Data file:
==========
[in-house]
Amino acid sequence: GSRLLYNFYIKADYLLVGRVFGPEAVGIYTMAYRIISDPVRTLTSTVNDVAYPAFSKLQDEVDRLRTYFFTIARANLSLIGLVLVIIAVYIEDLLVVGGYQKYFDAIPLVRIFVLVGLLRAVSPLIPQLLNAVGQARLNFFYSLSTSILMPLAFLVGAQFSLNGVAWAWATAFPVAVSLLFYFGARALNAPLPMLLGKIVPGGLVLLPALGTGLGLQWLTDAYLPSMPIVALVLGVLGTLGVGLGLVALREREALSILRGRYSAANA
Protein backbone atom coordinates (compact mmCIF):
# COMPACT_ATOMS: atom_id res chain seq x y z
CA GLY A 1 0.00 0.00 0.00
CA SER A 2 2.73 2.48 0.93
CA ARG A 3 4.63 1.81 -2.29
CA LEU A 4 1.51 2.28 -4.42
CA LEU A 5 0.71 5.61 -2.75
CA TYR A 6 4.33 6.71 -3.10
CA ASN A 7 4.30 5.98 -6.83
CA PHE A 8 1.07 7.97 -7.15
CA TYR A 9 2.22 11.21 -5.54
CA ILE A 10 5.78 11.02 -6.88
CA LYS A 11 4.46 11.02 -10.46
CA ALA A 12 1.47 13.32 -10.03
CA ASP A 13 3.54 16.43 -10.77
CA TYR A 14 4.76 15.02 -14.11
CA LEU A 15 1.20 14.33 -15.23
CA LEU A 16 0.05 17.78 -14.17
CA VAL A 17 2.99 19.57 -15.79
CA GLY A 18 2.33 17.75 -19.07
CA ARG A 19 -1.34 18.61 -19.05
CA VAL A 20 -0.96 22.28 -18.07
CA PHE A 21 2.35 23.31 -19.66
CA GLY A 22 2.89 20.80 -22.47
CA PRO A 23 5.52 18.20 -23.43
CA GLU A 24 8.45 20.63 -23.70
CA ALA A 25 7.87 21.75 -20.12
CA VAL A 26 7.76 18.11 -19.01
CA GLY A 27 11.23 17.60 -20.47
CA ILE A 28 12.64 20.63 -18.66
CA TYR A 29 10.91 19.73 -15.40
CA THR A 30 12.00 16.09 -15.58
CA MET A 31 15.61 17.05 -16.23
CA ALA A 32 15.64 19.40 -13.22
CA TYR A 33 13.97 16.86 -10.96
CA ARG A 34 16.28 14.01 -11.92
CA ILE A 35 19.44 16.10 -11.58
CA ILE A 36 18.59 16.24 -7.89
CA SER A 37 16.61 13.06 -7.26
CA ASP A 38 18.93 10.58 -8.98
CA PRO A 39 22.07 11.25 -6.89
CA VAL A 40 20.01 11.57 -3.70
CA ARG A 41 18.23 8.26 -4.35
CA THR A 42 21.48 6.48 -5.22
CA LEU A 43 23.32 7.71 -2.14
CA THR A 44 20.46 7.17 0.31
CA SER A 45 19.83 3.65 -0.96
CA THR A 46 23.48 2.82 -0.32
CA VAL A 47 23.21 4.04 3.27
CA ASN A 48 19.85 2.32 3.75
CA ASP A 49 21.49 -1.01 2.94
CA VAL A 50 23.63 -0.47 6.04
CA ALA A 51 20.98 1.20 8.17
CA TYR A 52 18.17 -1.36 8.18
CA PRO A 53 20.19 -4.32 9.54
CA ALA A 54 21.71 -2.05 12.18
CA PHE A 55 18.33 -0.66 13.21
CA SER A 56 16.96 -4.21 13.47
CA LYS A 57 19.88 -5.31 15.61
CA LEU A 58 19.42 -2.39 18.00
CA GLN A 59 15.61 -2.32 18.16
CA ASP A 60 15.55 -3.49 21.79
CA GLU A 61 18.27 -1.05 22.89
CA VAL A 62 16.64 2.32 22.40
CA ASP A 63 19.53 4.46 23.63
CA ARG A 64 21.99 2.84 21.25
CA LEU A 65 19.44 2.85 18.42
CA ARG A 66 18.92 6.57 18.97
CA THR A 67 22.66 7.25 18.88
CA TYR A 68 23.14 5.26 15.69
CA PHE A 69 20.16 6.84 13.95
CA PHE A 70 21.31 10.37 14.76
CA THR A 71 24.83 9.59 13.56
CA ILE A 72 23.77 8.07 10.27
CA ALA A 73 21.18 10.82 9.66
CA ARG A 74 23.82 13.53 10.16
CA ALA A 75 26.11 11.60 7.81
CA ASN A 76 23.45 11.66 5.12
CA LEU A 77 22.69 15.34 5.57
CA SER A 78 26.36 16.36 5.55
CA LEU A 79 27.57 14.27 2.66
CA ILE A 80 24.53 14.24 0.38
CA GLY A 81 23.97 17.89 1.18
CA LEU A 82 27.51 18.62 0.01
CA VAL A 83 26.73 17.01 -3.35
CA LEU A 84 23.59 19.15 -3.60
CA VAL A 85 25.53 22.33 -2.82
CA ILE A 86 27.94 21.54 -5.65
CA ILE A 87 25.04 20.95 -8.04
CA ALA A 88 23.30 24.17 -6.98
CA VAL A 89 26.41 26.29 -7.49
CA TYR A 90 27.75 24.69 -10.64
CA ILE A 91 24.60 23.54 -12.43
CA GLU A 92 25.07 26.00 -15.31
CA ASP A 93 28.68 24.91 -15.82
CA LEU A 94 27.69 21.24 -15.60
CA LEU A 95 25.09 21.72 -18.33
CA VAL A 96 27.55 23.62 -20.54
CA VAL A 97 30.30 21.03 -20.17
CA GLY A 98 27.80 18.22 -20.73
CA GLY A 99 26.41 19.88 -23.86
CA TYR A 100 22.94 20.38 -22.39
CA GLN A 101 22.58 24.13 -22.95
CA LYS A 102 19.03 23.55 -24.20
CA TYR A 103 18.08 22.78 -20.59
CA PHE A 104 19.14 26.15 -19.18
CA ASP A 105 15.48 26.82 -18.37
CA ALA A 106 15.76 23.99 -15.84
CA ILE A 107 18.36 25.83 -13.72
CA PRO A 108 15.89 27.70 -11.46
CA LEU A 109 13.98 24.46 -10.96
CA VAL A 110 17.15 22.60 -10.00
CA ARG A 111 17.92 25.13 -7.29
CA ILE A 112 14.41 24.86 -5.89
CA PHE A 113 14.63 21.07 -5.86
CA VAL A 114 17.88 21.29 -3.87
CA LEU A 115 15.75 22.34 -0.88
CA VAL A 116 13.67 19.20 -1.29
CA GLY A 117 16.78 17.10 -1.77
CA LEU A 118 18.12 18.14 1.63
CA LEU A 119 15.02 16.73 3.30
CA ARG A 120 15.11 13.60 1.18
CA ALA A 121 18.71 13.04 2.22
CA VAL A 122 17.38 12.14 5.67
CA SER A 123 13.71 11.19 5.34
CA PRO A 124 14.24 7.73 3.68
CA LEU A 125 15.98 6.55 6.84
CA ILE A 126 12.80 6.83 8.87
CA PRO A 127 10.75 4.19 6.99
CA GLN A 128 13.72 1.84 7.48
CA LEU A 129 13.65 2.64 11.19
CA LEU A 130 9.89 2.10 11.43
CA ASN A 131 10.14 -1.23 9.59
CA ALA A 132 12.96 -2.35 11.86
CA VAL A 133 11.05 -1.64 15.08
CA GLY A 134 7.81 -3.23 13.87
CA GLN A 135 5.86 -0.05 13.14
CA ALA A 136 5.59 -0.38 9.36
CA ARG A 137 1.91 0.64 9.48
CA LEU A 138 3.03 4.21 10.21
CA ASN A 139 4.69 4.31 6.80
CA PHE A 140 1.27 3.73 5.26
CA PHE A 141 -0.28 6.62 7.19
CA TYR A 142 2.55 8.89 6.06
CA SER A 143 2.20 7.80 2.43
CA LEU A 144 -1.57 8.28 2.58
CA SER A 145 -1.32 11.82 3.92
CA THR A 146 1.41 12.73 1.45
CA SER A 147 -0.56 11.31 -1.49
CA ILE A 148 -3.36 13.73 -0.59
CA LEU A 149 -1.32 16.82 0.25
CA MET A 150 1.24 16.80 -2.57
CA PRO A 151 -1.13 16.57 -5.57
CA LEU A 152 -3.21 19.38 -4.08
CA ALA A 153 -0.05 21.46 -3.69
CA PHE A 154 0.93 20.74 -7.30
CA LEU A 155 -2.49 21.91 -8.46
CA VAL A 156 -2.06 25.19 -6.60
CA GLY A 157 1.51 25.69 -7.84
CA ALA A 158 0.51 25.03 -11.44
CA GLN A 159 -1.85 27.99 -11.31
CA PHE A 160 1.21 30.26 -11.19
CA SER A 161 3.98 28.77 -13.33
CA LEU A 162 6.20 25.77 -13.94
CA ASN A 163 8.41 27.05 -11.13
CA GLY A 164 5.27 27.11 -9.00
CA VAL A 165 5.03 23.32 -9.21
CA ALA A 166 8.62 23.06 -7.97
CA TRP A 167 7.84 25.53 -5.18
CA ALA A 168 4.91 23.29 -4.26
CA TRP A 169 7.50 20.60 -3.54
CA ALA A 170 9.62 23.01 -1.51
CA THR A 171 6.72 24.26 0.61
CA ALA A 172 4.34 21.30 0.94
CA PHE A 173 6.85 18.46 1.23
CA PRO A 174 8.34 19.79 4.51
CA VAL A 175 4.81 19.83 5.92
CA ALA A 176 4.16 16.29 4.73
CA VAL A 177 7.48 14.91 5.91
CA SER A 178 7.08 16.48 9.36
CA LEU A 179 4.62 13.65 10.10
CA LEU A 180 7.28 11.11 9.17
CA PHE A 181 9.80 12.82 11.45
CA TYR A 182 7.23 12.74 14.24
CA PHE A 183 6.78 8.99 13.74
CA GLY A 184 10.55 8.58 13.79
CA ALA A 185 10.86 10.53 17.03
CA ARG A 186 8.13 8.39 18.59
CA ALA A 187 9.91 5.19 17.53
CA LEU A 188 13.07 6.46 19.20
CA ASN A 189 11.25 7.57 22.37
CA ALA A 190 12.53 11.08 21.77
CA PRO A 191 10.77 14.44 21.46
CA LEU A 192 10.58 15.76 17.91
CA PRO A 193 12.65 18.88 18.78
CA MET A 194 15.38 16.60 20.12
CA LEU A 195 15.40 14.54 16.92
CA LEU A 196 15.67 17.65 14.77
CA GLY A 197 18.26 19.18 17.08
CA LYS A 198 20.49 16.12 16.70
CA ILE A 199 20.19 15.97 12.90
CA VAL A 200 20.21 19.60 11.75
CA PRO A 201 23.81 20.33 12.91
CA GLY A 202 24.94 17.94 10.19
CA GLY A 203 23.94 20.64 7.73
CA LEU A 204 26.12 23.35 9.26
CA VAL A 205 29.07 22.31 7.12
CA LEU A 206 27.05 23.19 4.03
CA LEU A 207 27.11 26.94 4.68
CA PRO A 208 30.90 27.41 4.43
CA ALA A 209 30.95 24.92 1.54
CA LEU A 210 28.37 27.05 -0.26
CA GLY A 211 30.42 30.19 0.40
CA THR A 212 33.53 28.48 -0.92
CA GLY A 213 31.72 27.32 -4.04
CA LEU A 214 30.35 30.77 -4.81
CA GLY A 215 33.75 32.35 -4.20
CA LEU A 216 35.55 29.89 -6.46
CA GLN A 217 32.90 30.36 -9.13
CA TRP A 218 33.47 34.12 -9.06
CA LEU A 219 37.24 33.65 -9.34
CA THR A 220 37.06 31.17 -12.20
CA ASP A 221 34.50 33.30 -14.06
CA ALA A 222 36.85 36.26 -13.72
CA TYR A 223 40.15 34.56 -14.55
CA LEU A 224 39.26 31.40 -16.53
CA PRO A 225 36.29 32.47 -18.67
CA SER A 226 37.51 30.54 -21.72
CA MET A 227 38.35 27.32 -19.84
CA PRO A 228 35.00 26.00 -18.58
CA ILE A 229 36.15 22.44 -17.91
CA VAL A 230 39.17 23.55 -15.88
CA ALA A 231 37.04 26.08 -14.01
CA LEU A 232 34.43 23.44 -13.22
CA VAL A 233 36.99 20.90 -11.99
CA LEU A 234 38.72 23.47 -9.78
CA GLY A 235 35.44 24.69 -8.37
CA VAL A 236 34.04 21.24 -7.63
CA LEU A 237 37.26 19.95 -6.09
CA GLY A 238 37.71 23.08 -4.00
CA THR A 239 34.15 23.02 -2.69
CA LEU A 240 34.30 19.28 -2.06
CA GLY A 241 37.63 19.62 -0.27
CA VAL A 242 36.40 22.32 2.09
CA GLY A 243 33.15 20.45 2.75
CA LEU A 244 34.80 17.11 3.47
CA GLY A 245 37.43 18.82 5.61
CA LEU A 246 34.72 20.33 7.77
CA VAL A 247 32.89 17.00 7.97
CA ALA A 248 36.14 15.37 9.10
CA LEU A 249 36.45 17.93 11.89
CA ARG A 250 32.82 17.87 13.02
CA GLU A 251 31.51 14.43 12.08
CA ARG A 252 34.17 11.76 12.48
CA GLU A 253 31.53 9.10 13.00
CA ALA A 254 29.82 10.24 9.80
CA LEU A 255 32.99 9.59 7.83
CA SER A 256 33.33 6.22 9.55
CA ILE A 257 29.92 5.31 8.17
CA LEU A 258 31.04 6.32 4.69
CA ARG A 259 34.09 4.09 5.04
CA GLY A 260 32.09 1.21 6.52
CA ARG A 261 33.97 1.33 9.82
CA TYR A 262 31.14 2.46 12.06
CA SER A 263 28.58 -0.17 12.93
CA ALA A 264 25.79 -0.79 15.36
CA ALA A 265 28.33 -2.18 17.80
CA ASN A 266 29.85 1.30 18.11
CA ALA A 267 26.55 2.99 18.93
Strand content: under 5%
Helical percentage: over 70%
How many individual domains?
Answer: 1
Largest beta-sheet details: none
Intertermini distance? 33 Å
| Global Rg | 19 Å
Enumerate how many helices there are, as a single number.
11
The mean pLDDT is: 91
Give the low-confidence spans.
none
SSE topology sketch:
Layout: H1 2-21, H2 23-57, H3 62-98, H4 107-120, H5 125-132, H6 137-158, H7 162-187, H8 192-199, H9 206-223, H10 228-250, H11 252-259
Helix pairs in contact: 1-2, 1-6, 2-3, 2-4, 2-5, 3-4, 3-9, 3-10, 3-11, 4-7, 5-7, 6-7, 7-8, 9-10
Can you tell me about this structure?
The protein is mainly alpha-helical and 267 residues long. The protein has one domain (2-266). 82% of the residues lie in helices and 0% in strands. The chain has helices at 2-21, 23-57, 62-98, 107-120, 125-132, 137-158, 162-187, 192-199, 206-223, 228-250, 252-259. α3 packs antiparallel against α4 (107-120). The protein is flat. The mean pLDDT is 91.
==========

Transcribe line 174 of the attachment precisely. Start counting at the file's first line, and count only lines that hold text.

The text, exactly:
CA ALA A 170 9.62 23.01 -1.51